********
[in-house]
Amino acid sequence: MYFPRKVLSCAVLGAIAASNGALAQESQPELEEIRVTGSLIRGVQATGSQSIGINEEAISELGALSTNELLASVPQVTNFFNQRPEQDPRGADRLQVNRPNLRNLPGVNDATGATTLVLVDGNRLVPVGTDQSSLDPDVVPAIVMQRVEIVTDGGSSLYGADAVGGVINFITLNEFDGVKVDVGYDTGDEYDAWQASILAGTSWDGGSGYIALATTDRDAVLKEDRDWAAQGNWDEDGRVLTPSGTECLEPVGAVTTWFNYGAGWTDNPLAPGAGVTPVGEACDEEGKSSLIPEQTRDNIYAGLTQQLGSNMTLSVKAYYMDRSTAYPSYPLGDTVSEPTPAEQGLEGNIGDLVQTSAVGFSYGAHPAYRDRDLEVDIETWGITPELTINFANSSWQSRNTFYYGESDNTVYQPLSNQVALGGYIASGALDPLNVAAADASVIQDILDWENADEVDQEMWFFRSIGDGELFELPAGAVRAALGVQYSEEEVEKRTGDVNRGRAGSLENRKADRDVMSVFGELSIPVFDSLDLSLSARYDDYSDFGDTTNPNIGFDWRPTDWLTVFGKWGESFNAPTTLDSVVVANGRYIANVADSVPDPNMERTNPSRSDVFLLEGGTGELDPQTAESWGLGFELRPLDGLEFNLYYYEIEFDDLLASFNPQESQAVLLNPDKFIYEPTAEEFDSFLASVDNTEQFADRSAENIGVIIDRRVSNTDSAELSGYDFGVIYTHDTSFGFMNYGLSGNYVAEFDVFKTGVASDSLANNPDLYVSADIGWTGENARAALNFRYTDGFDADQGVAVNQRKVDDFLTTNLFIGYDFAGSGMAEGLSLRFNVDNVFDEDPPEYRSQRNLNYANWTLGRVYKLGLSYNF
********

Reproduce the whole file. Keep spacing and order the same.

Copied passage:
[in-house]
Amino acid sequence: MYFPRKVLSCAVLGAIAASNGALAQESQPELEEIRVTGSLIRGVQATGSQSIGINEEAISELGALSTNELLASVPQVTNFFNQRPEQDPRGADRLQVNRPNLRNLPGVNDATGATTLVLVDGNRLVPVGTDQSSLDPDVVPAIVMQRVEIVTDGGSSLYGADAVGGVINFITLNEFDGVKVDVGYDTGDEYDAWQASILAGTSWDGGSGYIALATTDRDAVLKEDRDWAAQGNWDEDGRVLTPSGTECLEPVGAVTTWFNYGAGWTDNPLAPGAGVTPVGEACDEEGKSSLIPEQTRDNIYAGLTQQLGSNMTLSVKAYYMDRSTAYPSYPLGDTVSEPTPAEQGLEGNIGDLVQTSAVGFSYGAHPAYRDRDLEVDIETWGITPELTINFANSSWQSRNTFYYGESDNTVYQPLSNQVALGGYIASGALDPLNVAAADASVIQDILDWENADEVDQEMWFFRSIGDGELFELPAGAVRAALGVQYSEEEVEKRTGDVNRGRAGSLENRKADRDVMSVFGELSIPVFDSLDLSLSARYDDYSDFGDTTNPNIGFDWRPTDWLTVFGKWGESFNAPTTLDSVVVANGRYIANVADSVPDPNMERTNPSRSDVFLLEGGTGELDPQTAESWGLGFELRPLDGLEFNLYYYEIEFDDLLASFNPQESQAVLLNPDKFIYEPTAEEFDSFLASVDNTEQFADRSAENIGVIIDRRVSNTDSAELSGYDFGVIYTHDTSFGFMNYGLSGNYVAEFDVFKTGVASDSLANNPDLYVSADIGWTGENARAALNFRYTDGFDADQGVAVNQRKVDDFLTTNLFIGYDFAGSGMAEGLSLRFNVDNVFDEDPPEYRSQRNLNYANWTLGRVYKLGLSYNF